O que é este blog?
Este blog trata basicamente de ideias, se possível inteligentes, para pessoas inteligentes. Ele também se ocupa de ideias aplicadas à política, em especial à política econômica. Ele constitui uma tentativa de manter um pensamento crítico e independente sobre livros, sobre questões culturais em geral, focando numa discussão bem informada sobre temas de relações internacionais e de política externa do Brasil. Para meus livros e ensaios ver o website: www.pralmeida.org. Para a maior parte de meus textos, ver minha página na plataforma Academia.edu, link: https://itamaraty.academia.edu/PauloRobertodeAlmeida
segunda-feira, 21 de maio de 2018
quinta-feira, 1 de junho de 2017
Ao final, dou a minha opinião sobre ele, ao ler, de colegas, que ele não teria "nenhum caráter político-partidário", o que considero uma grande ingenuidade.
Paulo Roberto de Almeida
Paulo Roberto de Almeida
sábado, 25 de fevereiro de 2017
Diplomatas costumam ser obedientes, e só em casos raros eles vão contra instruções recebidas, ou desobedecem deliberada e conscientemente ordens da capital.
Mas, eles possuem uma vantagem sobre líderes nacionais (civis ou militares): vivendo no exterior, convivendo com amigos e "inimigos", eles possuem uma percepção mais clara, mais realista, dos fatores em jogo, quando políticos ou militares no próprio país possuem uma visão deformada dessa realidade, quando não são completamente ignorantes do que é o mundo real.
Essa é a tragédia da profissão: atuar no exterior, tendo de receber instruções, muitas vezes, de ignaros nacionais...
Paulo Roberto de Almeida
H-Diplo Article Review 682 on The Desperate Diplomat: Saburo Kurusu’s Memoir of the Weeks before Pearl Harbor
by George Fujii
24 February 2017
Article Review Editors: Thomas Maddux and Diane Labrosse
Web and Production Editor: George Fujii
J. Garry Clifford and Masako R. Okura. The Desperate Diplomat: Saburo Kurusu’s Memoir of the Weeks before Pearl Harbor. Columbia: University of Missouri Press, 2016. ISBN: 978-0-8262-2037-0 (hardcover, $35.00).
Review by Justus D. Doenecke, New College of Florida, Emeritus
The reputation of Saburō Kurusu has not been good. As special envoy of the Japanese government in the final three months before the Pearl Harbor attack, Kurusu met with American leaders in a last-ditch effort to prevent Japan and the United States from engaging in a bloody conflict. In a famous encounter that took place at 2:20 P.M. on the afternoon of December 7, the Japanese diplomat—along with Ambassador Kichisaburō Nomura—met with Cordell Hull, who had already been informed of the attack on Pearl Harbor. The Secretary of State, his hand shaking, accused them of “fabrication and falsehood.” In his memoirs, Hull accused Kurusu of seeking “to lull us with talk until the moment Japan got ready to strike.”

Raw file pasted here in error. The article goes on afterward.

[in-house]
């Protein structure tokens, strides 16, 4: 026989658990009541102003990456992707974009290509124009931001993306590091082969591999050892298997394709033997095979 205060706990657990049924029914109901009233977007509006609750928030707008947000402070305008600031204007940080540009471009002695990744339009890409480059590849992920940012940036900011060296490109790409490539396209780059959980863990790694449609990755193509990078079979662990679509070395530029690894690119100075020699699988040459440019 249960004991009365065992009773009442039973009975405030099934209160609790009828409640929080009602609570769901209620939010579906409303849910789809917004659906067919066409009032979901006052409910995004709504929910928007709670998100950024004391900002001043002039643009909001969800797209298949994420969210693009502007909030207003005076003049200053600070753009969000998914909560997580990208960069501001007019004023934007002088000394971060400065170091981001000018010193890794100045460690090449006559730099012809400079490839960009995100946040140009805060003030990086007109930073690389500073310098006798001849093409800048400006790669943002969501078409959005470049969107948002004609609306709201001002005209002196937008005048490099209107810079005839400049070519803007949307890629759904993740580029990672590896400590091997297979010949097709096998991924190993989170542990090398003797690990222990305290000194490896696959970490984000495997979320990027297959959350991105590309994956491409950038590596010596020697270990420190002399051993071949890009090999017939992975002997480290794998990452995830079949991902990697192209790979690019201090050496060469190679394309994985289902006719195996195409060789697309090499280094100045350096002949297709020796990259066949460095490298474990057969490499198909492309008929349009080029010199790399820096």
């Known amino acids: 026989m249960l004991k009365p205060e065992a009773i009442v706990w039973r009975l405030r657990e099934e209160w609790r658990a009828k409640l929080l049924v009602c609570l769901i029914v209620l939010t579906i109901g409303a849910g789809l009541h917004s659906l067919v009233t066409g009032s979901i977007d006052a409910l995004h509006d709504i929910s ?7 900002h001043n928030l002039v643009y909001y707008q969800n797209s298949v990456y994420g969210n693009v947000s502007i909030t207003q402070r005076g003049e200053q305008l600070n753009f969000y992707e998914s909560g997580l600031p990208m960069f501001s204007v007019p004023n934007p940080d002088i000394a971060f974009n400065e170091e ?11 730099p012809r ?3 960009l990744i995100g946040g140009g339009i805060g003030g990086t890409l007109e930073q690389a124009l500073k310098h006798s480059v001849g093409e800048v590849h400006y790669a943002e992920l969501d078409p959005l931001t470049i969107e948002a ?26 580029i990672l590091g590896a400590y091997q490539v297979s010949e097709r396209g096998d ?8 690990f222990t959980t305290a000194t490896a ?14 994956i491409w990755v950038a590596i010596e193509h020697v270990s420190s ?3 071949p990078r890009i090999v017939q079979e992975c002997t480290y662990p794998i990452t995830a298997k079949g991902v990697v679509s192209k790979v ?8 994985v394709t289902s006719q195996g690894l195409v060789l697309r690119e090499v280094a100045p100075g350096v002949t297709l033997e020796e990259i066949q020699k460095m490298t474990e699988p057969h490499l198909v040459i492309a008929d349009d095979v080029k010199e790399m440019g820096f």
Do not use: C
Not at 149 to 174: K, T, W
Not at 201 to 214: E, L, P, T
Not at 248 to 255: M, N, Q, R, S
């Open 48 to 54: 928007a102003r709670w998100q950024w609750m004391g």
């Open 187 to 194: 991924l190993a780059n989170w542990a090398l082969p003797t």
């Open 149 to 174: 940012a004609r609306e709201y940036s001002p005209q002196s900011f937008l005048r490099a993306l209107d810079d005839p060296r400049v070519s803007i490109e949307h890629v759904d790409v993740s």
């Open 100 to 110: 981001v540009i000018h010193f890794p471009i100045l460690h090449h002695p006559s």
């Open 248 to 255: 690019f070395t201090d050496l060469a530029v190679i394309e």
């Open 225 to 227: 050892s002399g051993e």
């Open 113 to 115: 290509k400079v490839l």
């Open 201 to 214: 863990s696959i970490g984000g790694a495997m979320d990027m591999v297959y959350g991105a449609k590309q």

Hull was not alone. Undersecretary of State Sumner Welles found the “oily” diplomat acting as the “goat tethered as bait for the tiger.” On Pearl Harbor day, Eleanor Roosevelt complained about that “nasty little Jap sitting there talking to my husband while Japanese planes were attacking Honolulu and Manila.” (9) Though no specialist has accepted this indictment, Kurusu’s popular image has been one of duplicity.
Thanks to the efforts of the late J. Garry Clifford and Masako R. Okura, a far more sympathetic—and accurate—picture of Kurusu has emerged. The two scholars have supervised the publication of an English translation of Kurusu’s memoir, published in Japanese in 1952 and deposited in the National Diet Library in 2007. The diplomat had died in 1954, before he could publish the English version. Okura, a political scientist conducting research in Tokyo in 2001, came upon the manuscript by accident and immediately recognized its importance. Okura and Clifford, her mentor at the University of Connecticut, have produced a beautifully edited document, whose introduction and elaborate endnotes reveal a superb knowledge of Japanese decision-making and the most recent scholarly literature. Manuscript sources include the papers of Kurusu, President Franklin Roosevelt, British Ambassador Halifax, Herbert Hoover, financier Bernard Baruch, diplomat Sumner Welles, Secretary of War Henry L. Stimson, and the U.S. State Department. This reviewer finds one slight error: “pace” should be “peace.” (12)
Kurusu had long been a major diplomatic figure, having served in posts as varied as Hankou, Honolulu, New York, Santiago, Rome, Athens, Lima, Hamburg, and Brussels. He was Ambassador to Germany when, in September 1940, Foreign Minister Yosuke Matsuoka negotiated the Tripartite Pact. In his unpublished memoir Kurusu claimed he unsuccessfully sought to resign in protest of the accord.